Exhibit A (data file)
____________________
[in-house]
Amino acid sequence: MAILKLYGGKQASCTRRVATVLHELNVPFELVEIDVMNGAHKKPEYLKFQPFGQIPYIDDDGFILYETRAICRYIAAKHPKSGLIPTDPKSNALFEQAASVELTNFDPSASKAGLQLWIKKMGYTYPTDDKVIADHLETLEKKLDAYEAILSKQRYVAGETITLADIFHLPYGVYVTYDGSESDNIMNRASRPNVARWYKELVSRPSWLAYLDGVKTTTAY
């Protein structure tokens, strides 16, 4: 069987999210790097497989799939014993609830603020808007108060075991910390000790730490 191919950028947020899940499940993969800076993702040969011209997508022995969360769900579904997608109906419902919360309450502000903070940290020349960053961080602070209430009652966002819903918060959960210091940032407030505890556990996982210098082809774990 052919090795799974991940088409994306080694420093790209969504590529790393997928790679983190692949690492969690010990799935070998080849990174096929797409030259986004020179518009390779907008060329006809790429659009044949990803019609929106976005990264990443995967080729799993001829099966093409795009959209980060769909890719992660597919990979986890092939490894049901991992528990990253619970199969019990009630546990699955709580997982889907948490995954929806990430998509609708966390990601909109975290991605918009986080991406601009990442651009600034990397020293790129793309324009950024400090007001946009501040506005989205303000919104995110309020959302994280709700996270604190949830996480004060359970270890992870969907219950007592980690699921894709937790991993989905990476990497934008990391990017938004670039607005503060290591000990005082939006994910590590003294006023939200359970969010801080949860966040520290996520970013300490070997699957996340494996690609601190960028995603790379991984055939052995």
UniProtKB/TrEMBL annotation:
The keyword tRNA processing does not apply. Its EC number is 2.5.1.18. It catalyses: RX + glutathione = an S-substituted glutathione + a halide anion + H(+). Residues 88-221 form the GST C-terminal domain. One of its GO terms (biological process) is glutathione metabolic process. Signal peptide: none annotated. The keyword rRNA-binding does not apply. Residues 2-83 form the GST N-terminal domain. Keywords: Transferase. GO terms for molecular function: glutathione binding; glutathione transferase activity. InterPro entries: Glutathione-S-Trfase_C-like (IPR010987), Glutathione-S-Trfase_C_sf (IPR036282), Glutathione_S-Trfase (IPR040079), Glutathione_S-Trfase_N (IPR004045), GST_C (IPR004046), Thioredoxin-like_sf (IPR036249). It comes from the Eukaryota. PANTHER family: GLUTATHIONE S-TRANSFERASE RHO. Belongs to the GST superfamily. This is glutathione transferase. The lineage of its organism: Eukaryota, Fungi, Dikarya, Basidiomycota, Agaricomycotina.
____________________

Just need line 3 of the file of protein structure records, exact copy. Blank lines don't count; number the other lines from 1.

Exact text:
């Protein structure tokens, strides 16, 4: 069987999210790097497989799939014993609830603020808007108060075991910390000790730490 191919950028947020899940499940993969800076993702040969011209997508022995969360769900579904997608109906419902919360309450502000903070940290020349960053961080602070209430009652966002819903918060959960210091940032407030505890556990996982210098082809774990 052919090795799974991940088409994306080694420093790209969504590529790393997928790679983190692949690492969690010990799935070998080849990174096929797409030259986004020179518009390779907008060329006809790429659009044949990803019609929106976005990264990443995967080729799993001829099966093409795009959209980060769909890719992660597919990979986890092939490894049901991992528990990253619970199969019990009630546990699955709580997982889907948490995954929806990430998509609708966390990601909109975290991605918009986080991406601009990442651009600034990397020293790129793309324009950024400090007001946009501040506005989205303000919104995110309020959302994280709700996270604190949830996480004060359970270890992870969907219950007592980690699921894709937790991993989905990476990497934008990391990017938004670039607005503060290591000990005082939006994910590590003294006023939200359970969010801080949860966040520290996520970013300490070997699957996340494996690609601190960028995603790379991984055939052995």